We can sometimes think that wild life can only be found in “natural habitats.” Although habitats untouched by man are the richest in animals and plants, many species have, long ago, adapted to share our space. It is just as well, as in Lebanon, there are no habitats left that have not been modified by people. Other than urban habitats, the huge areas taken up to grow our food have been the most modified by man. However, if they have not been heavily treated with pesticides and fertilizers, they can be rich hunting grounds for wildlife. Broadly we can divide agricultural land into the following types:
Olive Groves and Orchards
As a simple rule, if Olive trees grow in an area it has a Mediterranean climate. In Lebanon large areas of the hillsides and Bekaa are taken up with olive production – some of the trees are hundreds of years old. When fruit orchards are added, this habitat can be found high up into the mountains. In the spring, under the trees can be a carpet of wild flowers, with more pouring over the stone walls, often used to divide the fields or create the terraces on steep slopes. Red poppies (Papaver sp) (top right) cascade down a dry stone wall and Crane’s Bill (Erodium sp) paints the floor purple. If there is a rich under storey of plants there will be many insects which in turn will support birds, reptiles, amphibians and mammals.
A characteristic bird of olive groves, feeding on the large insects that thrive there, such as the ground beetle (Coleoptera sp) below right, is the Masked Shrike (Lanius nubicus), below left.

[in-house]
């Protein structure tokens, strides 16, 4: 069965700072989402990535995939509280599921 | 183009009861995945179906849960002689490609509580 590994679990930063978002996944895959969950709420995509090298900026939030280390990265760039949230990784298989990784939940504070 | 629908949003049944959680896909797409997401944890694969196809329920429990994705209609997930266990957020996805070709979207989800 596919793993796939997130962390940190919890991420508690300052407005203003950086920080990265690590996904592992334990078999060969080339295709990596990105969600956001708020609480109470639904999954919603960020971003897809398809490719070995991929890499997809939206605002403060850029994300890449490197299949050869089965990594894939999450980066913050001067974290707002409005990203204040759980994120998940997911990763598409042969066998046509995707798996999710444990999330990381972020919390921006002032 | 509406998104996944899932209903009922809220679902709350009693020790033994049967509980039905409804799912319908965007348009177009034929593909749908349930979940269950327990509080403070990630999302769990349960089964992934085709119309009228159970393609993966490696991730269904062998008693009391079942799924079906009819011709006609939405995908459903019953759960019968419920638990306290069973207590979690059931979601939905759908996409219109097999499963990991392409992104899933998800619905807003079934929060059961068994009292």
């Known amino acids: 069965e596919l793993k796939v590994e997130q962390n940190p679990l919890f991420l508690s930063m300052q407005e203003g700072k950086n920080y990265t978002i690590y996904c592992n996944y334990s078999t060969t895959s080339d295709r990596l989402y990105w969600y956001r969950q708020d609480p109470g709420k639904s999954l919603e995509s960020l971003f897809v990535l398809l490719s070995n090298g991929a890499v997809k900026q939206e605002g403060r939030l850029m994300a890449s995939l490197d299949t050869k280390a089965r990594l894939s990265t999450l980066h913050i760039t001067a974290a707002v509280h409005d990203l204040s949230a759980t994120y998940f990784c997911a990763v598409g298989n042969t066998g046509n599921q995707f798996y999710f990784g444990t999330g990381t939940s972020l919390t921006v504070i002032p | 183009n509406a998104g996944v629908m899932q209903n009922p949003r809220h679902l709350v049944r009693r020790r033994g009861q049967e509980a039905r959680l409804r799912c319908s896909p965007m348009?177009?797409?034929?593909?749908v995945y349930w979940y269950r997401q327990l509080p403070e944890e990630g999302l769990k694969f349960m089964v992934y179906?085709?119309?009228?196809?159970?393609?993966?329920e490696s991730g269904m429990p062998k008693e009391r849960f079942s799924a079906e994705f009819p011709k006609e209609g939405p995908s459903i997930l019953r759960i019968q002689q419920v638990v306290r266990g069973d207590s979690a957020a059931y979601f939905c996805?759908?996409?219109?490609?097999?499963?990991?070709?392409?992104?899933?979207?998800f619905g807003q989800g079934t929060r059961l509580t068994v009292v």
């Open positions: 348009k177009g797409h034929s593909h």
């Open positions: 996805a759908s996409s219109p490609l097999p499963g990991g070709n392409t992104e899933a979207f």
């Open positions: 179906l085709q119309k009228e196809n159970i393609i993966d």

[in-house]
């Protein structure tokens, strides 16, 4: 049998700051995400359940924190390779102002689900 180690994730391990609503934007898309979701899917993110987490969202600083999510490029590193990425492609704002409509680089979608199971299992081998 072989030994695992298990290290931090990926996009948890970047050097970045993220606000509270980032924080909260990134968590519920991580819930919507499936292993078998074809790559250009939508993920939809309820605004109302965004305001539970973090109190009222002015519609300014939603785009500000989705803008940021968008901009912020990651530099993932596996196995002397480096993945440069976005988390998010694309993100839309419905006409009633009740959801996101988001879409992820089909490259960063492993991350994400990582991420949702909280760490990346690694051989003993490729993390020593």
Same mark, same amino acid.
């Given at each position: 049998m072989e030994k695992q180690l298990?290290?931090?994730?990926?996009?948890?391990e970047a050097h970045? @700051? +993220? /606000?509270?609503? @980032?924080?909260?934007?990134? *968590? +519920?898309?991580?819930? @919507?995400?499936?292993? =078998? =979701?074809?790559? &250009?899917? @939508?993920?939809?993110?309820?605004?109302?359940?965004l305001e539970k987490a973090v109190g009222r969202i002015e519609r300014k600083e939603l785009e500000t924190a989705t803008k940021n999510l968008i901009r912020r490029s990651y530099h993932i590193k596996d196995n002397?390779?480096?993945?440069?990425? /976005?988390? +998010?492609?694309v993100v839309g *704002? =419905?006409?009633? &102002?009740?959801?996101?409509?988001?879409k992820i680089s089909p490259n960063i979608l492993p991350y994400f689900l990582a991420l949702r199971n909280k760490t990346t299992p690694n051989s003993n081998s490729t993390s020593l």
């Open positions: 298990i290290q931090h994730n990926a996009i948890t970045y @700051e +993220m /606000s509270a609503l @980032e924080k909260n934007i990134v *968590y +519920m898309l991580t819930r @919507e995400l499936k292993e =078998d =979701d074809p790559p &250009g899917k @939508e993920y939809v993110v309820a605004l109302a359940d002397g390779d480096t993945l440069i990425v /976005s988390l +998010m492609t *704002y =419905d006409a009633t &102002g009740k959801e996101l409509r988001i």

Butterflies are common in agricultural habitats and they don’t come much more spectacular than the Scarce Swallowtail (Iphiclides podalirius) left.
Abandoned terraced slopes
The terraces in the picture left are still being farmed. However, many terraces have been abandoned and the higher and steeper slopes, particularly, are no longer worked. These “range lands” are now used mostly for grazing sheep and goats but are also the home to wilder inhabitants.
In early spring one of the first butterflies to emerge, the False Apollo (Archon apollinus) can be found here in great numbers, below left, and later in the season a hike will reveal tortoises (Testudo graeca) below, middle. (See Land Turtles and Butterflies).
Large expanses of one crop (mono culture) with pesticides and fertilizers applied do not make for good wild life habitat. However, with reduced chemical input, smaller fields and leaving field margins fallow, wild plants and animals can still thrive. These fields (right) at Aammiq in West Bekaa provide just the right conditions for large numbers of the Levant Vole (Microtus socialis hermonis), below left, which support larger numbers of Common Buzzards (Buteo buteo) below middle, and Harriers than are found in any other habitats in Lebanon.
The Black – headed Bunting (Emberiza melanocephala), left, with its bright yellow plumage and black head is a distinctive bird of farmland.